Magdeburg Puppet Theatre puts on 500 performances every season and attracts over 50,000 visitors and is therefore one of the most successful theatres of its kind in Germany. The venue also has an excellent international reputation thanks to its huge repertoire for both children and adults and the fact that it performs 6 to 8 new productions every year alongside a multitude of guest performances both in Germany and further afield.
Other successful highlights of the Puppet Theatre include the largest public collection of puppets and puppetry accessories in central Germany in the “villa p.”, the International Puppetry Festival – “CHANGE OF VIEW”, the “KinderKulturTage” children’s culture days, educational activities in the fields of theatre and puppetry and its very own “Jugendkunstschule”, a school of arts for children and young people.
|© Jesko Döring|
The Puppet Theatre boasts a repertoire ranging from stories for the youngest theatregoers (aged 3 and up) through to classic fairy tales, fantasy stories and adventure stories for older children and right through to modern drama and classic examples of world literature. Regular evening performances for adults also form an essential part of the venue’s programme of events.
Internationally known directors and stage designers are regular guests at the Puppet Theatre, which expands its artistic range by regularly performing co-productions with other theatres and independent artists. Its programme is rounded off by a number of guest performances both in Germany and abroad.
Warschauer Straße 25
Telephone: +49 391 5403310 / 20
In 2012, Magdeburg Puppet Theatre opened the largest public collection of puppets and puppetry accessories in central Germany in its neighbouring renovated listed District House dating back to the year 1884: the “villa p.®”.
|© Jesko Döring|
The collection covers a total area of over 600m2 spread out over three floors and showcases the history and development of the world of puppetry from its beginnings in the year 1500 BC right through to the present day.
The exhibits not only clearly show how world history, religion, politics and science have all influenced this people-oriented art form, but also demonstrate the development of the techniques, materials and, in some cases, truly astonishing functions of the puppets on display in the collection.
The collection contains well over 1500 puppets, marionettes, figures and stories that visitors of all ages can admire, examine up close and, in the case of some of the pieces on display, even try out for themselves. It also offers guided tours that enable visitors to explore and get to know the diverse forms of the art of puppetry and make the most of an unforgettable experience.
We particularly recommend that guests round off their perfect day by combining their visit to the villa p. with a performance for children, young people or adults in the Puppet Theatre itself and taking the time to enjoy coffee, cocoa, chocolate and cake in the friendly and welcoming atmosphere of the café p.
|© Jesko Döring|
villa p.: daily from 11:00am - 5:00pm, except Mondays
café p. : daily from 12:00pm, except Mondays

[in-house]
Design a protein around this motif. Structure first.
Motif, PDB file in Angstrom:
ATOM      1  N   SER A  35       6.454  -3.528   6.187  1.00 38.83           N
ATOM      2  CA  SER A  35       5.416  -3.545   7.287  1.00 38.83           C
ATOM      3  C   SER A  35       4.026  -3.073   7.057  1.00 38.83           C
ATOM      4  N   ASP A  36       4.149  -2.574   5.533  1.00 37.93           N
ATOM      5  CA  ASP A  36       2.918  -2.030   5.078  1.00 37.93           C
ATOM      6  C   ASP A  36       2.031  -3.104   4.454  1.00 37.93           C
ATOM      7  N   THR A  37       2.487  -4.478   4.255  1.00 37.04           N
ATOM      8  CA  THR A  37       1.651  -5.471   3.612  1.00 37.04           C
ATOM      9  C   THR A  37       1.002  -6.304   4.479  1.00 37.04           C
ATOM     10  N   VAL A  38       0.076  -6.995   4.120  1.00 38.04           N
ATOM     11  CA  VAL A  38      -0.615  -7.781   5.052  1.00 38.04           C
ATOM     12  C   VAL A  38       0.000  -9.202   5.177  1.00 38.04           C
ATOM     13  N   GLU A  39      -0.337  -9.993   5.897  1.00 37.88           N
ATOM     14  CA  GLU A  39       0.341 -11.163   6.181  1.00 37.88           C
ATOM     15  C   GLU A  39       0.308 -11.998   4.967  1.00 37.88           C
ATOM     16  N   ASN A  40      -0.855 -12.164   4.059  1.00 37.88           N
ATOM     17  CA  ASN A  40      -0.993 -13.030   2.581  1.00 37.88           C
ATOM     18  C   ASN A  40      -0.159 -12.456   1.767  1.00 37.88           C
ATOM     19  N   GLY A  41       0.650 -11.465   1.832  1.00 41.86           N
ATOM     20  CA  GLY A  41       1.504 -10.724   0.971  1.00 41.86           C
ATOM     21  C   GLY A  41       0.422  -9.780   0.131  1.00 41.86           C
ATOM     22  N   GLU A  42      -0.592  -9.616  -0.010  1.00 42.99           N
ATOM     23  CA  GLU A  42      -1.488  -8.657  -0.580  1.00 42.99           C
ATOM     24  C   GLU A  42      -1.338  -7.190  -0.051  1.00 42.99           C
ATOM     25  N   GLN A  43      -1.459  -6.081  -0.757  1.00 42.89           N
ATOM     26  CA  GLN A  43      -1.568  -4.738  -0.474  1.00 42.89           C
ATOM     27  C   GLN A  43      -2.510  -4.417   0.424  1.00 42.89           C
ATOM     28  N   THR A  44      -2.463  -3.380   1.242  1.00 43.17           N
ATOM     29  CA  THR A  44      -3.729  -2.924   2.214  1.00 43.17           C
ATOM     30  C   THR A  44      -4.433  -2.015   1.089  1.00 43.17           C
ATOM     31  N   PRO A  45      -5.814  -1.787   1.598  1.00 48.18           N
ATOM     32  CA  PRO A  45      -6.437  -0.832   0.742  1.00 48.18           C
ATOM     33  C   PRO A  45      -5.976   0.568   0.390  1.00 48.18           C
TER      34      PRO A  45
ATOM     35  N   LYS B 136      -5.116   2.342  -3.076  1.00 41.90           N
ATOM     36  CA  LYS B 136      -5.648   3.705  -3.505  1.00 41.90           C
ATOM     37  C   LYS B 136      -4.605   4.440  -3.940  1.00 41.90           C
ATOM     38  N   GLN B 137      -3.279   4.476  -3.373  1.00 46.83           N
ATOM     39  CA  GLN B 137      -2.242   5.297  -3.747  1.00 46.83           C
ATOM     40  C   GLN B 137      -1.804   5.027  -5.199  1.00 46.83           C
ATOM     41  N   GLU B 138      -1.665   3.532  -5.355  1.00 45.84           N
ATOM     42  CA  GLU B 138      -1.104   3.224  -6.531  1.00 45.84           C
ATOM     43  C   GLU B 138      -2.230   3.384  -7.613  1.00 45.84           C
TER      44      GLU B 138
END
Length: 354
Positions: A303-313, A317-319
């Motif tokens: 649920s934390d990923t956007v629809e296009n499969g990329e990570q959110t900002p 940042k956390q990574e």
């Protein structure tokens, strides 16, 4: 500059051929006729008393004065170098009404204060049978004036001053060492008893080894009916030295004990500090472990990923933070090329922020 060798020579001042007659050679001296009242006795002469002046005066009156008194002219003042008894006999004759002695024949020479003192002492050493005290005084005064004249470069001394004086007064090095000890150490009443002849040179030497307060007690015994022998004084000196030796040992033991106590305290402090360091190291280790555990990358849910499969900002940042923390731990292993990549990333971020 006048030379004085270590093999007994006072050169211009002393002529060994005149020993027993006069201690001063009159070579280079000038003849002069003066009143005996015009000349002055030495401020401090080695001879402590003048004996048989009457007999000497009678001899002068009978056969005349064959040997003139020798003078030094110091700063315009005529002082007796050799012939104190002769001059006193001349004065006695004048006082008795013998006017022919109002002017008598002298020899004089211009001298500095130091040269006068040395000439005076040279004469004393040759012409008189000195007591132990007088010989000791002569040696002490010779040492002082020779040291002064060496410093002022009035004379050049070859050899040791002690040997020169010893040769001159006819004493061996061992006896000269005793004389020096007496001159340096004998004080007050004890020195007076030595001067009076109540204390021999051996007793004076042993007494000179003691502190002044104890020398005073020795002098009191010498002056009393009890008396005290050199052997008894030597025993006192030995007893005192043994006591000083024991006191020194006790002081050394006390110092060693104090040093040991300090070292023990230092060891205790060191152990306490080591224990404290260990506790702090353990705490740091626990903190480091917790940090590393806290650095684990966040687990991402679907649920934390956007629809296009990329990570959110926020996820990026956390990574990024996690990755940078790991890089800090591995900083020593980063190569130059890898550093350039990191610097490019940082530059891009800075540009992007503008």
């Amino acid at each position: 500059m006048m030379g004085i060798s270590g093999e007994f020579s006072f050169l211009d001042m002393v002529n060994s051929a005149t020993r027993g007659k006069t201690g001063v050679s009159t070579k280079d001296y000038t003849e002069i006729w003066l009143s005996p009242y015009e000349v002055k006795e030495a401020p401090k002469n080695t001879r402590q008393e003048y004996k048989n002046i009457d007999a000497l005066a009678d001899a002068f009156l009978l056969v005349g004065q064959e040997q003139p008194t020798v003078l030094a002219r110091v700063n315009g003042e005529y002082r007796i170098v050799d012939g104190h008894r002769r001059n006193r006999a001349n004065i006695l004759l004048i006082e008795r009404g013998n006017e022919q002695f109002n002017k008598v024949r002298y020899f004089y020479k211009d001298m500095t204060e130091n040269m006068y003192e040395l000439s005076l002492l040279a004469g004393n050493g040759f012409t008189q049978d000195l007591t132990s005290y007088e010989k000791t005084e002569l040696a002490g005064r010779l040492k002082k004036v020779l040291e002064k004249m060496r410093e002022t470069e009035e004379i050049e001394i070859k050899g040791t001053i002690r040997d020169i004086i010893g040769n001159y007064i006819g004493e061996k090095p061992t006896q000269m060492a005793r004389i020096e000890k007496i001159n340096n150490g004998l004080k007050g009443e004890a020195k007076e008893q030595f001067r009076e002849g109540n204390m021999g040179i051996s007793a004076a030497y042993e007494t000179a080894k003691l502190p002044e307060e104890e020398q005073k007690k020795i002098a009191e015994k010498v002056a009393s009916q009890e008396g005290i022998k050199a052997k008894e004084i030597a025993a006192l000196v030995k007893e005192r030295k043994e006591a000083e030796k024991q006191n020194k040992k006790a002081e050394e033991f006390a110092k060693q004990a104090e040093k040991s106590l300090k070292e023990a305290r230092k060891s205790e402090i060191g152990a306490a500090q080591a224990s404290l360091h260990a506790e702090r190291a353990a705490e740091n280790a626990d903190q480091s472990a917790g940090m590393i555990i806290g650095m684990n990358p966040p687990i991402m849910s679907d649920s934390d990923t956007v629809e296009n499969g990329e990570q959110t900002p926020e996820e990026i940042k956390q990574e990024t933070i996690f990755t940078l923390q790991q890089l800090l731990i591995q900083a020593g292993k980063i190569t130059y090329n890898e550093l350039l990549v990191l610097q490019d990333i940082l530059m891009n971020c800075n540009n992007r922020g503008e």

Wednesday | Saturday | Sunday at 3:00pm
The special exhibition “PUPPETS ON FILM” was opened in the Central German Puppetry Collection in the villa p. on 16th November 2013.
One of the core areas of the former DEFA film studio in the German Democratic Republic was the Cartoon Department in the German city of Dresden, which was extremely successful in producing over 1500 animated films for cinema and television. These productions not only received an excellent response from East German viewers, but were also exported into over one hundred different countries, where they regularly attracted positive attention at international film festivals and confirmed their success by winning a multitude of awards.
Alongside their animations for children such as “Pittiplatsch” “Geschichten aus dem Märchenwald” (Stories from the Fairytale Forest) and children’s adventure stories, the DEFA productions also included films for adults, which played an increasingly popular role on both cinema and television screens. Stories such as “Der Wunderdoktor” (The Miracle Doctor), “Heinrich der Verhinderte” (Hampered Heinrich) or “Der fallende Schatten” (The Falling Shadow) all boasted unparalleled aesthetics and became unforgettable milestones in film history.
DEFA was shut down 1992 and virtually all of its films threatened to fall into oblivion. One year later, however, a group of film enthusiasts founded the German Institute for Animated Film (DIAF) and have been working hard to save, reclaim and breathe life into the unique achievements of this successful piece of German film history ever since.
The Collection Comes to Magdeburg
The archive in Dresden contains over 2000 film copies and a comprehensive collection of written work, photos, graphics, drafts, designs and, of course, puppets and puppetry items. A selection of the archive’s particularly outstanding exhibits has now been touring the countries in which the films achieved such huge popularity in the past for several years.
After stops in Estonia, Poland and France, the collection has now finally arrived in Magdeburg: in the Central German Puppetry Collection. Three rooms in the villa p. are currently housing the special exhibition's selection of films, puppets and background information from a significant era of film history and while children listen to stories and discover the secrets of the world of film, the exhibits are sure to bring back pleasant memories for many of their parents.
Collection Opening Hours
16th November 2013 to March 2014
Daily from 11:00am - 5:00pm, expect Mondays